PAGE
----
Sonus Faber speakers are well known for high-quality sound, but what of their more entry-level options. While it may be hard to say that a pair of speakers that run $5000.00 U.S. are entry-level, some of Sonus Faber’s speakers command a 6 figure price tag. So if they are priced at the higher end of the entry-level market are they worth it? I think they may actually be one of the best values in speakers on the market. While I have not heard every speaker, I can say with some confidence that these may be one of if not the best sounding speakers for 5 grand.
Before we get into the sound, let’s discuss the testing equipment, music, and so forth. Powering the Sonetto V’s is my McIntosh MC250 amplifier and my Marantz SR7009 as a Preamp. Sources include my Rotel CD11 Tribute, AudioTechnica LP-7 with Ortofon Bronze, as well as my Fiio M9 with Flac files, and my iPhone 11 Pro playing Spotify over Bluetooth. I wanted to listen to every possible scenario I had available to me at the time.
I listened to a wide variety of CDs starting with System of A Down – Toxicity. Serj Tankian is in my opinion the best singer in all of Metal music, his octave range is incredible, and listening to SOAD on great speakers makes enjoying Serj even that much better. The Mid-range is exceptionally well represented by the Sonettos, which as many of you know is where much of the music lives. Nailing the mid-range is so crucial to good sound. That said the high frequencies are wonderful, cymbals come through nicely without being thin or tinny. They balance nicely with the snares and kick of the drums. As we will see lower the Sonettos measure fairly flat with a touch of extra bass and this is noticeable in subjective listening as well.
After enjoying Serj’s vocals, I switched gears and listened to André Rieu, a Dutch Violinist, who was actually my inspiration to play violin starting in the first grade and was my first concert. On my mother’s side, my family is from Holland and I grew up listening to André with my grandpa. He and his orchestra play beautiful music, if you are interested in Waltz or Classical music and have not listened I highly recommend giving him a try. The CD I listened to was André Rieu – Best Of. The Sonetto V did André justice, offering the giant sound of an orchestra. You can coherently pick out the instruments, there is space for every note to breathe into the room.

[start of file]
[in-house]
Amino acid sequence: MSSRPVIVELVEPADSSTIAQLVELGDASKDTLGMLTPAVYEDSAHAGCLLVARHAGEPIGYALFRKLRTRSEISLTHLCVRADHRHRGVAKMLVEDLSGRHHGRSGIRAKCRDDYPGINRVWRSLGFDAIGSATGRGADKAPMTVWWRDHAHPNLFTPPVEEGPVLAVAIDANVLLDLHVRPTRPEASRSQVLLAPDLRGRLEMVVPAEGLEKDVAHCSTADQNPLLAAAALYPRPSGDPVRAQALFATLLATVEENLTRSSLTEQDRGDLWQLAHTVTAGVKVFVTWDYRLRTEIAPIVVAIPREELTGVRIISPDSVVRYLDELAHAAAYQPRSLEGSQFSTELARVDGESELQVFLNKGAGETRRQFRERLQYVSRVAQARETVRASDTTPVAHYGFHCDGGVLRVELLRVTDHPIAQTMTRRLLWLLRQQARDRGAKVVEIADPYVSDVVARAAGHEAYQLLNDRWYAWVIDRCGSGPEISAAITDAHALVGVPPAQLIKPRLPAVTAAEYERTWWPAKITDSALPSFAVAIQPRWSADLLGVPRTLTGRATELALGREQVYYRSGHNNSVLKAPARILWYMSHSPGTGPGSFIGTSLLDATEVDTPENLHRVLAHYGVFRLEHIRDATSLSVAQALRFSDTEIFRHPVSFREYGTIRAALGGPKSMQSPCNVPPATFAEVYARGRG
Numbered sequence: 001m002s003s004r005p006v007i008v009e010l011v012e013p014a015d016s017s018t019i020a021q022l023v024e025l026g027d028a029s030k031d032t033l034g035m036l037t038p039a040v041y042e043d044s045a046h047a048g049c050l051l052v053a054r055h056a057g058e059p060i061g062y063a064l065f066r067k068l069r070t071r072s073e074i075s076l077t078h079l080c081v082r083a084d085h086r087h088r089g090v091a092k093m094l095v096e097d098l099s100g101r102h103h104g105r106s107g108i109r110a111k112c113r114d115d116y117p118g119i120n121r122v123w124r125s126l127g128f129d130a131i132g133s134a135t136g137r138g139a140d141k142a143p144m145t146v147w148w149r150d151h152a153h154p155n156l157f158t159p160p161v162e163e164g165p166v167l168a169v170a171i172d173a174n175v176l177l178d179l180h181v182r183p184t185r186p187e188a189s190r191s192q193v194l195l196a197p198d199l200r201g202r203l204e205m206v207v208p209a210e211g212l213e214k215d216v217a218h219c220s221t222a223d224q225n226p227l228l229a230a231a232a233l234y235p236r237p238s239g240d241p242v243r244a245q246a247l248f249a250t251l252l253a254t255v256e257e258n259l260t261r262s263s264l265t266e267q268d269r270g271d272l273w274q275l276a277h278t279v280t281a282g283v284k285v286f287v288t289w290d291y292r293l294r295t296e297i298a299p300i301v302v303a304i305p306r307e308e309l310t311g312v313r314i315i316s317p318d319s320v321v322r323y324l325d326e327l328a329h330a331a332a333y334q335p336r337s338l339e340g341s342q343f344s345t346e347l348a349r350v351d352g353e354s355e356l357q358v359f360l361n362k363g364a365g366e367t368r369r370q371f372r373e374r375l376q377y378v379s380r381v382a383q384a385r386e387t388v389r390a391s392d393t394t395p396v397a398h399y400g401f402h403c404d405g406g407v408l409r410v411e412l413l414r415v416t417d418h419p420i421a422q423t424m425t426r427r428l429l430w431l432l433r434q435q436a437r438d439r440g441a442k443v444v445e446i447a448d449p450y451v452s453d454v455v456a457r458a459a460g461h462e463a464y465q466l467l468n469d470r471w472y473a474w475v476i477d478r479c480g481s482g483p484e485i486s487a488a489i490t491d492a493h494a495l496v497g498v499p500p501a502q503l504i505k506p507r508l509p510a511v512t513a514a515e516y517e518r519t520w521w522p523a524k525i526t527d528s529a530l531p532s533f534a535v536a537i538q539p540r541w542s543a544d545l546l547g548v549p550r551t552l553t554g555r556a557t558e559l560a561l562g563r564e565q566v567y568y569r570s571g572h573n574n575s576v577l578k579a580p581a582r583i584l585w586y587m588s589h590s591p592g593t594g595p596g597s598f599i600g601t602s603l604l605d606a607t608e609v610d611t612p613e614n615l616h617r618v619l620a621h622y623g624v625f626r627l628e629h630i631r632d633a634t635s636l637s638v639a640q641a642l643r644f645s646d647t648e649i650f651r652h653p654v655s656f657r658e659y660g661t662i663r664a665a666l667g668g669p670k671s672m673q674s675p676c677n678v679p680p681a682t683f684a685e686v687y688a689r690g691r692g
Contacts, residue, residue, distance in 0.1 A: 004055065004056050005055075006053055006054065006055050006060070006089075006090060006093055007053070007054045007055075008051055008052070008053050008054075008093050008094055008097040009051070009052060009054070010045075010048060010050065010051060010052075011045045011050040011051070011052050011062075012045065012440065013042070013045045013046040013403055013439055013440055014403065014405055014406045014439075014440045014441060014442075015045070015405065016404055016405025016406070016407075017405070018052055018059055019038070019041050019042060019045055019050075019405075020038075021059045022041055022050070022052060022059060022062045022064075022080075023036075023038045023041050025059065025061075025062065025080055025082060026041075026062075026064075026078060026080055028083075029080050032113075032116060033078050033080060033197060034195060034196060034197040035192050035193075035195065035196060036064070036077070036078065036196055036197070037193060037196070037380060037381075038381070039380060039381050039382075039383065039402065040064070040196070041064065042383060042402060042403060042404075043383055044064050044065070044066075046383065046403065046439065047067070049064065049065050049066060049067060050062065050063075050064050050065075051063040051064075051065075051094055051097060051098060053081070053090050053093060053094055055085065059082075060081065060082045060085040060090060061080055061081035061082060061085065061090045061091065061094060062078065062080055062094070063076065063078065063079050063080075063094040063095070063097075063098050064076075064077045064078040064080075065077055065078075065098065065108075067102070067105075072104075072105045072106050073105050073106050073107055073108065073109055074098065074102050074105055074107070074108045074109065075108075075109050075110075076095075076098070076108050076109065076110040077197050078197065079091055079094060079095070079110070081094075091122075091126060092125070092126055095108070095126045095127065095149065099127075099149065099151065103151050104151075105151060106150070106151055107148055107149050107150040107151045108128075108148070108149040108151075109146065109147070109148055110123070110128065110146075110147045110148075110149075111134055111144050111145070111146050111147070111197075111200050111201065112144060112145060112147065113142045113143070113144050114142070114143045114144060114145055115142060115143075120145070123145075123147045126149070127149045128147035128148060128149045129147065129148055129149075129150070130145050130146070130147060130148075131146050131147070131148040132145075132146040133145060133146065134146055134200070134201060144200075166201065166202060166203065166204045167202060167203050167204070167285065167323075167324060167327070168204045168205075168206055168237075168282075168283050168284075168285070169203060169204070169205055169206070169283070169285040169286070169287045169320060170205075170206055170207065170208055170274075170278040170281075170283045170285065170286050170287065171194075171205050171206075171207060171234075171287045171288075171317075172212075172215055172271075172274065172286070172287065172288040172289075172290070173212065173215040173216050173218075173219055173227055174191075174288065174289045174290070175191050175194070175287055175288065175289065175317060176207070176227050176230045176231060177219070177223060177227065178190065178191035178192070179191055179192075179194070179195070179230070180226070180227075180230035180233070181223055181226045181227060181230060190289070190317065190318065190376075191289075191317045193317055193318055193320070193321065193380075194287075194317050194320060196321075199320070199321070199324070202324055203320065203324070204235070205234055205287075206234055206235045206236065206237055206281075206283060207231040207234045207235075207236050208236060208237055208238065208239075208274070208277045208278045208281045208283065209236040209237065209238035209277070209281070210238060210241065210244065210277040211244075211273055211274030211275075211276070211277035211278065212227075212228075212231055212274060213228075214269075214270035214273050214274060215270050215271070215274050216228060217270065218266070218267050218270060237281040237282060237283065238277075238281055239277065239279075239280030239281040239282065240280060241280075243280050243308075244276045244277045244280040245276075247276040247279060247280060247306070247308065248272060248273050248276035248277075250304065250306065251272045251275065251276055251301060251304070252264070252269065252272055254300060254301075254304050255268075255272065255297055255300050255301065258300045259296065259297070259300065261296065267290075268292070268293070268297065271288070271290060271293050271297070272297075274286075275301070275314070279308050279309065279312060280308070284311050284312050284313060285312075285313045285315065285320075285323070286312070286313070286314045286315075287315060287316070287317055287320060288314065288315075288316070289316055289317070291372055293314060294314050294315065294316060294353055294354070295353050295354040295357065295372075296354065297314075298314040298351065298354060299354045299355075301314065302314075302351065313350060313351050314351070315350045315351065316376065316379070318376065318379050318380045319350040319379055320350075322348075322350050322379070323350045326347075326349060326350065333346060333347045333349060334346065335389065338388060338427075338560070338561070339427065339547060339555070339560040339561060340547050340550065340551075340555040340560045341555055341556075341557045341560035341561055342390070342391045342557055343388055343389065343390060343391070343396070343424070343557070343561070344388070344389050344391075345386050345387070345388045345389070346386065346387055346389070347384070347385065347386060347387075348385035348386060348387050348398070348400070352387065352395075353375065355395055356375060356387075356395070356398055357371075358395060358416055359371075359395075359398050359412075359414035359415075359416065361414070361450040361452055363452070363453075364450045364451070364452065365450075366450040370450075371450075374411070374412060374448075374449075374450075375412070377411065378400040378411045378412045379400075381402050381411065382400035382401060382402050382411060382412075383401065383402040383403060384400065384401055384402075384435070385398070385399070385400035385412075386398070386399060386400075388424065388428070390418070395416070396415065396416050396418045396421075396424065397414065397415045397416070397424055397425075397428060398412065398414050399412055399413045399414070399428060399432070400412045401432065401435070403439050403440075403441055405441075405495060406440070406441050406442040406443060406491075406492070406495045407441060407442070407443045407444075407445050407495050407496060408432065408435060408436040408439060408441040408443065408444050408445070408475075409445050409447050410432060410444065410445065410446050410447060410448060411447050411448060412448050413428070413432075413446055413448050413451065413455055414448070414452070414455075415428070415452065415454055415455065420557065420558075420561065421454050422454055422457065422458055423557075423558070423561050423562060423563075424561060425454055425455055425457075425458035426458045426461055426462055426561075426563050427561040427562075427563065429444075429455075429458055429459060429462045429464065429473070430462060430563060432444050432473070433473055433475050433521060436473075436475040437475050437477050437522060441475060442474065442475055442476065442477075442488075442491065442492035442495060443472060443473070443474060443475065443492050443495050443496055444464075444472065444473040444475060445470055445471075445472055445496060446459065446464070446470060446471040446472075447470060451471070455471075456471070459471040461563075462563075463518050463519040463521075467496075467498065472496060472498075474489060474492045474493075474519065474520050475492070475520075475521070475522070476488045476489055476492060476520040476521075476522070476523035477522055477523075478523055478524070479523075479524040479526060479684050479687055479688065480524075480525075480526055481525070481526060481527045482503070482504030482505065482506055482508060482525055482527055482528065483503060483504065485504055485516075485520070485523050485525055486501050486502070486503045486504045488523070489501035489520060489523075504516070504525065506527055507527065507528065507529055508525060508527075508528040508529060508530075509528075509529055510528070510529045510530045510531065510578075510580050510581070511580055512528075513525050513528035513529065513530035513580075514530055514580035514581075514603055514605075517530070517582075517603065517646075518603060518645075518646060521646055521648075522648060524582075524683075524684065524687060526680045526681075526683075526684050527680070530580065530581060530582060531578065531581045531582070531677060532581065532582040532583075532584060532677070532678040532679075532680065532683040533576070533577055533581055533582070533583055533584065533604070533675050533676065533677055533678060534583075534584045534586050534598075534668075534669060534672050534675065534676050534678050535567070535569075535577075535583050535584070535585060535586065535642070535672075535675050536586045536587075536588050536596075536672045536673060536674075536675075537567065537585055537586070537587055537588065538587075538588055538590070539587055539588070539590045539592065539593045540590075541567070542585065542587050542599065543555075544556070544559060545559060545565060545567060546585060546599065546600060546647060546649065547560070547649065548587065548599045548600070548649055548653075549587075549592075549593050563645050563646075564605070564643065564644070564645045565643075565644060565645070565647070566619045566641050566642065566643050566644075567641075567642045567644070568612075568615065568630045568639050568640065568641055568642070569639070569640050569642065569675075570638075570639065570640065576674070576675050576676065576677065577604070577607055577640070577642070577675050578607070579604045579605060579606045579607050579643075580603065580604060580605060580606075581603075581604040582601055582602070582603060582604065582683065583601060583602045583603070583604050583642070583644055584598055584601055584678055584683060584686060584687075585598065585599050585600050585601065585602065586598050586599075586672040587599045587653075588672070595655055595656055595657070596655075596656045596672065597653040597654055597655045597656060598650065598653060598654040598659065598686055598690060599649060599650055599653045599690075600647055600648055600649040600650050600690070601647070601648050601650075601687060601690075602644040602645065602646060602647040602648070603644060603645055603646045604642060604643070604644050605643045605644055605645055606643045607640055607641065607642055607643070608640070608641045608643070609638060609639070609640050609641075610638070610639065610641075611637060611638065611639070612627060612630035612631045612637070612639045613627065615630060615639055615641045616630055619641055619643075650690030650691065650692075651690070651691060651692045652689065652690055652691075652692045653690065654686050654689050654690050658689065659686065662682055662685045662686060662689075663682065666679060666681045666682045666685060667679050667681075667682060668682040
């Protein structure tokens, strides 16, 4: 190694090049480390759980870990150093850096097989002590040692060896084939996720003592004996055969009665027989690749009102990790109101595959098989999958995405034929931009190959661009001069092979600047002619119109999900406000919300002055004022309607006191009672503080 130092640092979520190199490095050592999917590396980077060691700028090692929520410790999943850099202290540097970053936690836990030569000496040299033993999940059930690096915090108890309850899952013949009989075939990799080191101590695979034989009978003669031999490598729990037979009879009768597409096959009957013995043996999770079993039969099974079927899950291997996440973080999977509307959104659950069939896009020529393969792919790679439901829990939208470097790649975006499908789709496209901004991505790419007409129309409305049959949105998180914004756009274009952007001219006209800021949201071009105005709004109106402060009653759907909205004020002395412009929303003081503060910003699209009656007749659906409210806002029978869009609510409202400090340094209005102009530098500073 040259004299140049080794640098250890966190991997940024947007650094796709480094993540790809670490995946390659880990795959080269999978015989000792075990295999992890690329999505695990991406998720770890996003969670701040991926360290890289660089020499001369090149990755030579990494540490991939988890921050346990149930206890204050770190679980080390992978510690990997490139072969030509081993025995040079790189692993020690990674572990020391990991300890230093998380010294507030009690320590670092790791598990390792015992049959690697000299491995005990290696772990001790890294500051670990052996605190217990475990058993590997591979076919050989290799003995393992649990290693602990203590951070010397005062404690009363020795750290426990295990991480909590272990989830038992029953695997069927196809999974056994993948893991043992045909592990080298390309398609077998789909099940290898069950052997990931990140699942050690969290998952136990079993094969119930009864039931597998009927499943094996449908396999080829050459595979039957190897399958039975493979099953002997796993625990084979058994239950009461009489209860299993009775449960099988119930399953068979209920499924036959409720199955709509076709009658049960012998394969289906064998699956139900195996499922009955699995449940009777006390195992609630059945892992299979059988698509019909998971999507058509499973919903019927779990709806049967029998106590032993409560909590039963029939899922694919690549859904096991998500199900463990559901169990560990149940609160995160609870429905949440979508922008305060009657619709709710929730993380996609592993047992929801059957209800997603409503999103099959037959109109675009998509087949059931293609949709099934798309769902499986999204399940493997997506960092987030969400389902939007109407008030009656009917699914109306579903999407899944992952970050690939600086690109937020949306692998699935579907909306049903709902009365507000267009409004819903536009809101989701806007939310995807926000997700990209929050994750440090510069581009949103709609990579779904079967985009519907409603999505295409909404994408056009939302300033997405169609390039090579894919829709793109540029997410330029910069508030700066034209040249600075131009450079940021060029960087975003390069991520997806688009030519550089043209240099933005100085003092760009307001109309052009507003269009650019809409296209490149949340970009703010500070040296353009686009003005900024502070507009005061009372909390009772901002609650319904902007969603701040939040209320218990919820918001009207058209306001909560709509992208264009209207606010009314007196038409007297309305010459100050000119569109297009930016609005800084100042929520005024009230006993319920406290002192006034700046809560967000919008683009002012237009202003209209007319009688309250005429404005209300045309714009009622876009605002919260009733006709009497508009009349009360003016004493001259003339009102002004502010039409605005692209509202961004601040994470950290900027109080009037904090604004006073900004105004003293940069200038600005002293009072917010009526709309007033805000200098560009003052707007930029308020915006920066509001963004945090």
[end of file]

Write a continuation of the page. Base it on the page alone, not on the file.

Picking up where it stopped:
Later on, I tried some Techno, specifically The Crystal Method’s – Vegas on CD. The Crystal Method falls into the sub-genre of Big Beat, if you are not familiar, the most famous of the genre is probably The Chemical Brothers. Big Beat Techno has a tone of Breakbeats, synths, and very often samples. It tends to have a fast tempo and can really stretch a speaker’s legs, with hard-hitting fast bass, long-lasting high-frequency synths, and a ton of layers. Electronic music often doesn’t get as much respect but is often as complex as many other genres.
Vinyl Play Back
On vinyl, I listen to a Hifi Chicken staple, Herb Alpert, and the Tijuana Brass – Multiple Albums. Hercule loves Herb as much as I do, his trumpet playing is second to none and the jazzy tones of his band’s music are so much fun to listen to. Brass instruments come to life on the Sonetto v, they mostly live in that mid-range that Sonus Faber did so well on these speakers. Some horns and brass instruments can reach lower into the bass frequencies, which the Sonetto covers very nicely.
Switching up genres led me to the Gorillaz – Self Titled Album, who produces a very interesting sound. I really do not think there is anyone else out there that has a similar sound, making it almost like they are a genre unto themselves. Vocals from multiple singers create a wide range of frequencies to cover. They also have a lot of guitars, piano, and brass in their music, as well as electronic sounds. They blend Instruments and electronic music so seamlessly. The Sonettos didn’t break a sweat keeping up with the diverse range of music that the Gorillaz create.